BREAKING DENGUE’S RECURRING PATTERN
Just as the country is having a respite from surges of Covid-19 cases thanks in part to the administration of vaccines when it became available in the country, dengue and its millions of carriers described as an old enemy is making its comeback, having all what it takes to again become an epidemic.
With no vaccine readily available to counter this fatal disease since the fiasco with the dengvaxia vaccine which remains banned in the country despite appeals from its manufacturer to be given a license, Filipinos, especially children who are most prone to dengue, continue to face the risk of acquiring and reacquiring the disease in a massive scale and even die of it.
With more relaxed restrictions in effect due to Covid-19 case downtrend, Baguio and Benguet health offices have been recording dengue cases since January up to the first week of June totaling 800 cases. For Baguio, its record of 241 cases in just six months is highest in six years, enough reason for the city government to call it an epidemic and raise the alert.
Health authorities explained dengue’s recurrence is due to its cyclic pattern, usually every three to four years. People have also started becoming mobile and converging in places, making them easy target for the aedes aegypti, the dengue-carrying mosquito, and this had led to clustering of cases in the case of these two localities.
If such is the case, should it not be easier for us then to avoid catching dengue, given that we know its recurring behavior and where and when to expect its carriers to breed?
Let us forget the vaccine in the meantime, and maybe allow it in the future if we are convinced enough of effectiveness.
Right now, it is important for communities to understand that there will be no dengue if there are no dengue-carrying mosquitoes.
Like in preventing the spread of the Covid-19, it would have been better if there is a vaccine against dengue not just for making ourselves immune from the disease but more on preventing severe symptoms and deaths, ironically caused by a just single mosquito bite.
But we agree with local health officials who keep on advising that if everybody would only put our acts together, we can eliminate dengue, maybe for good.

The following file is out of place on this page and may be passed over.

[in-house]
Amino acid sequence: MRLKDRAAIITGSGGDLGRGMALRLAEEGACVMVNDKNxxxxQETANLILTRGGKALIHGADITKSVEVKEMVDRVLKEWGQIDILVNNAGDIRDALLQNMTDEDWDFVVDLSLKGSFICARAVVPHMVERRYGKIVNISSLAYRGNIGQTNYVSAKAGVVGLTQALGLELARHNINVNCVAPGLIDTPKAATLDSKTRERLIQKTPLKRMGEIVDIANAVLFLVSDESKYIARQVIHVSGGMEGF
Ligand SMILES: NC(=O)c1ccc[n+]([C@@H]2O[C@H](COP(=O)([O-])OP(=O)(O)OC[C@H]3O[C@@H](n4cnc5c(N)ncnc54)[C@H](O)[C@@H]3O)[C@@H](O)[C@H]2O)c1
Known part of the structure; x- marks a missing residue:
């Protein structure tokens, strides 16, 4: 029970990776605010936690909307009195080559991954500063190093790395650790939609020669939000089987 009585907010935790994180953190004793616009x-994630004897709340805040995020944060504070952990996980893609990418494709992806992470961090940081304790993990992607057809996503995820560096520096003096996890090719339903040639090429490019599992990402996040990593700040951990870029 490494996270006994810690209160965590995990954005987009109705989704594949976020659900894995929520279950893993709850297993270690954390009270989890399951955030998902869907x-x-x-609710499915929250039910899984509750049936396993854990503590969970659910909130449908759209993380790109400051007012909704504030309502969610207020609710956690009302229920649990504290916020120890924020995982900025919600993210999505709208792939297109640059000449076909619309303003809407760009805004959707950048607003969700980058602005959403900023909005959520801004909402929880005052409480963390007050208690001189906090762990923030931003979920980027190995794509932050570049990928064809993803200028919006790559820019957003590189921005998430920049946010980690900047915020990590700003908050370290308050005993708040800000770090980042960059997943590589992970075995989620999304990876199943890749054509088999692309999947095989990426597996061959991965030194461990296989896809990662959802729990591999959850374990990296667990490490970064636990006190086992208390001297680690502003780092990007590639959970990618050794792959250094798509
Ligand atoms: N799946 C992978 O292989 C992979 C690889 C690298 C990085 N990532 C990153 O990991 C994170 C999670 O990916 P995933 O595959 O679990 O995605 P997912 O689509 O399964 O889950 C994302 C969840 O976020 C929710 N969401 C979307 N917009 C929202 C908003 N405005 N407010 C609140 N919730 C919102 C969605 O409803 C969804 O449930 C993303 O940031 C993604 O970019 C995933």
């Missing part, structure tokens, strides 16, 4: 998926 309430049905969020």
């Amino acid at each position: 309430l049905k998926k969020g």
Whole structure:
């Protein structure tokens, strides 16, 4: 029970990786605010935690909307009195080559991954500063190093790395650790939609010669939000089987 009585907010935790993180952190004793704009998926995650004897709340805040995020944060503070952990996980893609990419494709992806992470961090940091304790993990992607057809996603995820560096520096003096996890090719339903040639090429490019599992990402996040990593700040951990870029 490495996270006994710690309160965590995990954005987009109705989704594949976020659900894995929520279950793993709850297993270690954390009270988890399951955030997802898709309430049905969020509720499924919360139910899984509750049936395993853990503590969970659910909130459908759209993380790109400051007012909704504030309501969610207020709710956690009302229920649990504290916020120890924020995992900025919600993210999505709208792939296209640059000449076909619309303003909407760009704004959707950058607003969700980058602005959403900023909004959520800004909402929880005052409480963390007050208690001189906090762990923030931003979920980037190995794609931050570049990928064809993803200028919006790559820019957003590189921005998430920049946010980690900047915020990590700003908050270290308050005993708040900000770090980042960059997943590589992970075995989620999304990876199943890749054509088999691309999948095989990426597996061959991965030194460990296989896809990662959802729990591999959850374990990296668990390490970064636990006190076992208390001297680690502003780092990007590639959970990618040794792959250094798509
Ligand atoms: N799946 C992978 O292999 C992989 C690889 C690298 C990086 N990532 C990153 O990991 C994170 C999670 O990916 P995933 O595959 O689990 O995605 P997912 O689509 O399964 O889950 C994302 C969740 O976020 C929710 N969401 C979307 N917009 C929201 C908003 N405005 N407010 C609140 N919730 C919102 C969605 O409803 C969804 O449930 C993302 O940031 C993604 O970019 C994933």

The formula is actually simple: search and destroy. The challenge is keeping at it, and making everybody participate in the process to make eradication of mosquito breeding sites a practice.
As part of the proverbial 4S of the Department of Health, searching for and destroying mosquito sites boils down to simply keeping a clean environment and lifestyle, but the catch is – not giving the aedes clean water to breed on.
Authorities remind the aedes thrives on clean water so it is important for us to cover water containers and religiously check flower vases, pots, and anything that accumulates water such as old tires, pails, and basins at home and premises.
It should be simple, but many tend to take it for granted. Still, we believe the 4S – search and destroy, self-protection measures, say no to indiscriminate fogging, and seek early consultation – is the most effective way of dealing with dengue, probably better than a vaccine.
Coming off from a pandemic that still rages on, the last thing we need is dealing with more threats to our health like dengue and other mass disease outbreaks.We have had enough heartbreak from loss of loved ones due to an unseen enemy.
But while we still have many challenges to face, we believe we can stop this old enemy called dengue from recurring. We can choose to make cleanliness and the 4S against dengue a habit and start it from within our homes. Put our acts together, work as a community, and it may be best the antidote yet.